Earth knocked off its axis by glacial melting due to climate change: study

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The melting of glaciers as a result of climate change has knocked the Earth off its axis, according to new research.

The North and South poles have moved about 13 feet since 1980 – with melting glaciers accounting for most of the shift since the 1990s, according to a study published in Geophysical Research Letters.

Also contributing to the shift were natural factors, including ocean currents, and the pumping of groundwater, according to the study in the American Geophysical Union’s journal.

“The accelerated terrestrial water storage decline resulting from glacial ice melting is thus the main driver of the rapid polar drift toward the east after the 1990s,” the study said.

“This new finding indicates that a close relationship existed between polar motion and climate change in the past,” it added.

The project, which was funded by the Chinese government, included data from the Gravity Recovery and Climate Experiment satellites, which have tracked polar drift since 2002.

Shanshan Deng of the Institute of Geographic Sciences and Natural Resources Research at the Chinese Academy of Sciences led the team.

The researchers said they discovered that poles moved from southward to eastward in the mid-1990s — and that the speed of the drift between 1995 to 2020 was upward of 17 times faster than it was between 1981 and 1995.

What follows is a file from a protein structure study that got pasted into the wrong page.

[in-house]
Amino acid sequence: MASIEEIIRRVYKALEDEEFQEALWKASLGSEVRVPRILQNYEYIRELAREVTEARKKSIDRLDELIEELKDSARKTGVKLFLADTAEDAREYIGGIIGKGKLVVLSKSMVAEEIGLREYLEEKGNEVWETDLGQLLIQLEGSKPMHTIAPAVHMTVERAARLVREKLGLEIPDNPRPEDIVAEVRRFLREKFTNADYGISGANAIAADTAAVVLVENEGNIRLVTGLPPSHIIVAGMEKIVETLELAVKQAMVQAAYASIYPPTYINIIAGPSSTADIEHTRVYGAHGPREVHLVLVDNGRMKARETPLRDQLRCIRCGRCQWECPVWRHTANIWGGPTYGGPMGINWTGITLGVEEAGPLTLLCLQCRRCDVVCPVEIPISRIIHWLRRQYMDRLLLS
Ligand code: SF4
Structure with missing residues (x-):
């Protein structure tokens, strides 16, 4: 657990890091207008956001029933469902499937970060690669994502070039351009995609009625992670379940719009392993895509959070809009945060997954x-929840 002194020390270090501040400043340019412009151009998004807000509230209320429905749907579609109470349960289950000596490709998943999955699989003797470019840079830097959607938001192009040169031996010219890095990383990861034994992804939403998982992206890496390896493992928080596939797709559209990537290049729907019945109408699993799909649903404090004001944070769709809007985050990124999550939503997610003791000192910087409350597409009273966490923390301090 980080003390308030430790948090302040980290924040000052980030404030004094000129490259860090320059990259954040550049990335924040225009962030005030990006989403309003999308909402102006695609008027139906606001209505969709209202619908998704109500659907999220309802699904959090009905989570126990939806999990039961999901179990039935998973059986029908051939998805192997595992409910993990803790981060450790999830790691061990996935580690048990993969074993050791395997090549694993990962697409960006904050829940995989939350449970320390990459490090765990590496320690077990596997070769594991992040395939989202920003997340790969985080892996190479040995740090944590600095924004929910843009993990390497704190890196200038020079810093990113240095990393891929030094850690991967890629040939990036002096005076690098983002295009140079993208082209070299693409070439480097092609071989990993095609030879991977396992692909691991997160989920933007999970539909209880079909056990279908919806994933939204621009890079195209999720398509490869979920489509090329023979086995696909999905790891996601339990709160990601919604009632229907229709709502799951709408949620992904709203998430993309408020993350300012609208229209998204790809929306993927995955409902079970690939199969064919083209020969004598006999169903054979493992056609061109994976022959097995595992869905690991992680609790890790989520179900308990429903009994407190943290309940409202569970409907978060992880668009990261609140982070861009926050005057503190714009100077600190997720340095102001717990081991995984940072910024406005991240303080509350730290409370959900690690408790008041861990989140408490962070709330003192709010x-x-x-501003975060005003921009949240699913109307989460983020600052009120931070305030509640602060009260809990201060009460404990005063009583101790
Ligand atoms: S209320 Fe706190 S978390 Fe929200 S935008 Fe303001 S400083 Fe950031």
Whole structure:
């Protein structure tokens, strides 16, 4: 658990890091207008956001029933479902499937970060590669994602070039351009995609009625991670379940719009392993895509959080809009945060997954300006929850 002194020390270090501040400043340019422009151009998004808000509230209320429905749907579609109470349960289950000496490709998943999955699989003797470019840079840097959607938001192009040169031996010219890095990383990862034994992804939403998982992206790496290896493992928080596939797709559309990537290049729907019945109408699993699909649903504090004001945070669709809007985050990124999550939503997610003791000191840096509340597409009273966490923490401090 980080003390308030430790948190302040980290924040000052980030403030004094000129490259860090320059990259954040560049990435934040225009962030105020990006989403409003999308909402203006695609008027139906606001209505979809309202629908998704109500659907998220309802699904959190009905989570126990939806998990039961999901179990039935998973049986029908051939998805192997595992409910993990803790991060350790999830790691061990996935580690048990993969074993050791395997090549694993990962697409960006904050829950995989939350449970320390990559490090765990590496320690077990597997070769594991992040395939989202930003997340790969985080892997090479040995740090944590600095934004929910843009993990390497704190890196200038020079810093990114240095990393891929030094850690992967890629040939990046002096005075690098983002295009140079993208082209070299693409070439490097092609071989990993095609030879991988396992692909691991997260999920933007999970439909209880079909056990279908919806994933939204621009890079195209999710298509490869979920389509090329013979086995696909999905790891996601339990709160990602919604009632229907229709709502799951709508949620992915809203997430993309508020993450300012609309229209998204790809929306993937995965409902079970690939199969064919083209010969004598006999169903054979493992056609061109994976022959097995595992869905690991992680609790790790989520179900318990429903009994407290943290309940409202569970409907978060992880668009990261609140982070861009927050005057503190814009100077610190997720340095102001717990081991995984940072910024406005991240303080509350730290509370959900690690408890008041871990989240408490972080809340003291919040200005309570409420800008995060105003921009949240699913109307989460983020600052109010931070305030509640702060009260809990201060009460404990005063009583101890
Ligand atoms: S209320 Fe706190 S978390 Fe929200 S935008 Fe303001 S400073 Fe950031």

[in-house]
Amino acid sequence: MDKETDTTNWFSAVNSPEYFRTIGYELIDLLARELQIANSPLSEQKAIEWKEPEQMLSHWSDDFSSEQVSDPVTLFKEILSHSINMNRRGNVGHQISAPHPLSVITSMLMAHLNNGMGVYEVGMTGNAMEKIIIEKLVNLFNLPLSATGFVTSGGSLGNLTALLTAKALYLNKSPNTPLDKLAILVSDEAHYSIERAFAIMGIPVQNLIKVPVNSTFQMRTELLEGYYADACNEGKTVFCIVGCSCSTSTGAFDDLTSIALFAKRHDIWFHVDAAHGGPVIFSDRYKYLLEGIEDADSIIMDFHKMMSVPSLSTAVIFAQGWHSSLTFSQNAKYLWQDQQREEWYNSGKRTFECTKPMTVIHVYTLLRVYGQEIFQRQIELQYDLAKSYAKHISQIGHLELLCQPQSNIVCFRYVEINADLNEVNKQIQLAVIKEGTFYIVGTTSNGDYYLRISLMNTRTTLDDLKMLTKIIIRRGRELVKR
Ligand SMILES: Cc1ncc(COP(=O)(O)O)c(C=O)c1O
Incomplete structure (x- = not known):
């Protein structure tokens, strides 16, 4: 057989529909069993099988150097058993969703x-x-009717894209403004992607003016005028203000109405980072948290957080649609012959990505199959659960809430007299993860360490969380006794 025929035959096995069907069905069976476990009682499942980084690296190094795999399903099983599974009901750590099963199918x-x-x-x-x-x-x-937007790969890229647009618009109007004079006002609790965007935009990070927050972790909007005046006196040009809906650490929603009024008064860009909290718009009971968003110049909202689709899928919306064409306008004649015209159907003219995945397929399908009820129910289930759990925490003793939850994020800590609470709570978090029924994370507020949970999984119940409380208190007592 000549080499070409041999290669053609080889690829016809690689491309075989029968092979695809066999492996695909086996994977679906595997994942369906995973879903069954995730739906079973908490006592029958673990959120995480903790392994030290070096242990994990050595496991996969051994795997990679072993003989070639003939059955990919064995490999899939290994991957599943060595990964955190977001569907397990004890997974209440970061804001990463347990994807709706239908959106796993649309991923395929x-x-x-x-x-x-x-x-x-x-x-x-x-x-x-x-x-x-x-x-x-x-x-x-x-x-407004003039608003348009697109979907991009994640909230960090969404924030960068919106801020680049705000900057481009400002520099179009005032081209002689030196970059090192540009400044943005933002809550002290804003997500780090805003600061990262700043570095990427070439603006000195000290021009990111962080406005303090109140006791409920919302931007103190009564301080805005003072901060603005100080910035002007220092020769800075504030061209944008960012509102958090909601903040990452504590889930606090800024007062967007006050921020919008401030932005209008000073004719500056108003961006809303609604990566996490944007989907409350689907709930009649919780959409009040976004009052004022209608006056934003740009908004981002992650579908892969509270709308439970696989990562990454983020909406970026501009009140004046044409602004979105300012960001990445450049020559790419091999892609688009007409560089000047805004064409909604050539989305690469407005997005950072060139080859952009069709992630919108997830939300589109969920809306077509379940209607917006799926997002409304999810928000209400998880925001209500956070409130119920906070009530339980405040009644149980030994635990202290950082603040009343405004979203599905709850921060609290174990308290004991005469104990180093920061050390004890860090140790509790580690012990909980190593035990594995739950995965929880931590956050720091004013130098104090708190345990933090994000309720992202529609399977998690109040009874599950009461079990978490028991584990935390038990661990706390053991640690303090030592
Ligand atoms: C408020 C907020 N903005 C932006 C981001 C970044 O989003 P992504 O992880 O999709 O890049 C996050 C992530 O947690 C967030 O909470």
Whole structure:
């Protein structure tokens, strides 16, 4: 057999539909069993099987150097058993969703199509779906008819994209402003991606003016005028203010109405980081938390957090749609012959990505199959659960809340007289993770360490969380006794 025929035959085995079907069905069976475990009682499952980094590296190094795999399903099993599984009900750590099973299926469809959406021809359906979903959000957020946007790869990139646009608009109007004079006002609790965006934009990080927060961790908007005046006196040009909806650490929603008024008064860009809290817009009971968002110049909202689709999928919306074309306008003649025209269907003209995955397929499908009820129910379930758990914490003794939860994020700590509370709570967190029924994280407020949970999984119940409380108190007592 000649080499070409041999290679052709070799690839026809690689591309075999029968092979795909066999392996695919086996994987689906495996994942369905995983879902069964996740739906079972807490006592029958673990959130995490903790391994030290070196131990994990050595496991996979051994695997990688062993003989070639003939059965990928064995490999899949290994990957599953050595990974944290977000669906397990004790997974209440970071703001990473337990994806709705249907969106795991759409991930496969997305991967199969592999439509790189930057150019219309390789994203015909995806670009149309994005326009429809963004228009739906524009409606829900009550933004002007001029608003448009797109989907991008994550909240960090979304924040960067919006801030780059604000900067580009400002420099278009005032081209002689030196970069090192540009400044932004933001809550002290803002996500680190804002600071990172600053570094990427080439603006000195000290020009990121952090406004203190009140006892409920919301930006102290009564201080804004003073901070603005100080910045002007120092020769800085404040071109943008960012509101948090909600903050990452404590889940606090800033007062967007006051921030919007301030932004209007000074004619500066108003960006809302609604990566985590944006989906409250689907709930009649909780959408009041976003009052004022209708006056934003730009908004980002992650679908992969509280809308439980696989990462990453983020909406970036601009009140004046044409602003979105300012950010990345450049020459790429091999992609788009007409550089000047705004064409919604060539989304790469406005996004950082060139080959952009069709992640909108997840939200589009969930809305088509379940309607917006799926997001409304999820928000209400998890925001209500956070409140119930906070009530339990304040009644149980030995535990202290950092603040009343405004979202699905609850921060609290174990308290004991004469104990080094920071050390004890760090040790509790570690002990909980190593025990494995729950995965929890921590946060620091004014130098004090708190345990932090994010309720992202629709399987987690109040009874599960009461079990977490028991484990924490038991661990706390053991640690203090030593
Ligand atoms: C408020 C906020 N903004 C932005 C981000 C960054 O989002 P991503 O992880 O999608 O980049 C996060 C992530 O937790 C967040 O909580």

The satellites had been used to link glacial melting to pole movements in 2005 and 2012, but Deng’s research extended the ties to before the satellites’ launch, showing human activities have been shifting them since the 1990s, The Guardian reported.

Vincent Humphrey, from the University of Zurich in Switzerland, who was not involved in the new research, told the news outlet that it showed how human activities have redistributed massive amounts of water around the globe.

“It tells you how strong this mass change is – it’s so big that it can change the axis of the Earth,” he said, adding that the movement of the axis is not large enough to affect daily life.

It could change the length of a day, but only by milliseconds, he said.

President Joe Biden has emphasized the need to tackle climate change, saying last week that the US “has resolved to take action” on the issue, Newsweek reported.

“The signs are unmistakable, the science is undeniable and the cost of inaction keeps mounting,” he said.

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